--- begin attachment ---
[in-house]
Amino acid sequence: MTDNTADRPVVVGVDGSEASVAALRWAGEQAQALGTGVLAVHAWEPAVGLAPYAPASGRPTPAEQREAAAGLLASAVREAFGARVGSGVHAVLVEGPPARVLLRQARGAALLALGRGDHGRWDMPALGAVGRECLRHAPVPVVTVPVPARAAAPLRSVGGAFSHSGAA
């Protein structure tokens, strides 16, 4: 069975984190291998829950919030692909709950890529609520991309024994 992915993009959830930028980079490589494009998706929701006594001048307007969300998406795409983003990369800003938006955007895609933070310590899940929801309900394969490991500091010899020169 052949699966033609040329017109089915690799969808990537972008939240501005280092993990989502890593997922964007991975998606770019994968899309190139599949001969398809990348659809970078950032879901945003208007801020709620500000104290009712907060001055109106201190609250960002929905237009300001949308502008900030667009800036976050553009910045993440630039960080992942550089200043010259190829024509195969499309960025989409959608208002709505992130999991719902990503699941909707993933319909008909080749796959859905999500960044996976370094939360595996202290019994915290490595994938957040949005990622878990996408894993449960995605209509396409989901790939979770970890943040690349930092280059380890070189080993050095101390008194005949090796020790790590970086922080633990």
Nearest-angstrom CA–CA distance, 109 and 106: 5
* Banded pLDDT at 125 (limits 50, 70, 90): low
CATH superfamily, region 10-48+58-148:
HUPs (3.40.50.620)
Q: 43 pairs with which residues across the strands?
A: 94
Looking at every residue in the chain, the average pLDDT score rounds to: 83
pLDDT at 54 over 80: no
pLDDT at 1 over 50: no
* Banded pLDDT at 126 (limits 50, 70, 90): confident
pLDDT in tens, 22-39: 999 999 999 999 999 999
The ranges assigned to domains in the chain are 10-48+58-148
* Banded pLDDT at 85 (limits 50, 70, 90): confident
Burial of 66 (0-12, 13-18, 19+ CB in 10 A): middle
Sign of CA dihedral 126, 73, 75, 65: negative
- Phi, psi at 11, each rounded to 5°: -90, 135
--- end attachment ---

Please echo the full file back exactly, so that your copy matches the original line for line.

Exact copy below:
[in-house]
Amino acid sequence: MTDNTADRPVVVGVDGSEASVAALRWAGEQAQALGTGVLAVHAWEPAVGLAPYAPASGRPTPAEQREAAAGLLASAVREAFGARVGSGVHAVLVEGPPARVLLRQARGAALLALGRGDHGRWDMPALGAVGRECLRHAPVPVVTVPVPARAAAPLRSVGGAFSHSGAA
């Protein structure tokens, strides 16, 4: 069975984190291998829950919030692909709950890529609520991309024994 992915993009959830930028980079490589494009998706929701006594001048307007969300998406795409983003990369800003938006955007895609933070310590899940929801309900394969490991500091010899020169 052949699966033609040329017109089915690799969808990537972008939240501005280092993990989502890593997922964007991975998606770019994968899309190139599949001969398809990348659809970078950032879901945003208007801020709620500000104290009712907060001055109106201190609250960002929905237009300001949308502008900030667009800036976050553009910045993440630039960080992942550089200043010259190829024509195969499309960025989409959608208002709505992130999991719902990503699941909707993933319909008909080749796959859905999500960044996976370094939360595996202290019994915290490595994938957040949005990622878990996408894993449960995605209509396409989901790939979770970890943040690349930092280059380890070189080993050095101390008194005949090796020790790590970086922080633990």
Nearest-angstrom CA–CA distance, 109 and 106: 5
* Banded pLDDT at 125 (limits 50, 70, 90): low
CATH superfamily, region 10-48+58-148:
HUPs (3.40.50.620)
Q: 43 pairs with which residues across the strands?
A: 94
Looking at every residue in the chain, the average pLDDT score rounds to: 83
pLDDT at 54 over 80: no
pLDDT at 1 over 50: no
* Banded pLDDT at 126 (limits 50, 70, 90): confident
pLDDT in tens, 22-39: 999 999 999 999 999 999
The ranges assigned to domains in the chain are 10-48+58-148
* Banded pLDDT at 85 (limits 50, 70, 90): confident
Burial of 66 (0-12, 13-18, 19+ CB in 10 A): middle
Sign of CA dihedral 126, 73, 75, 65: negative
- Phi, psi at 11, each rounded to 5°: -90, 135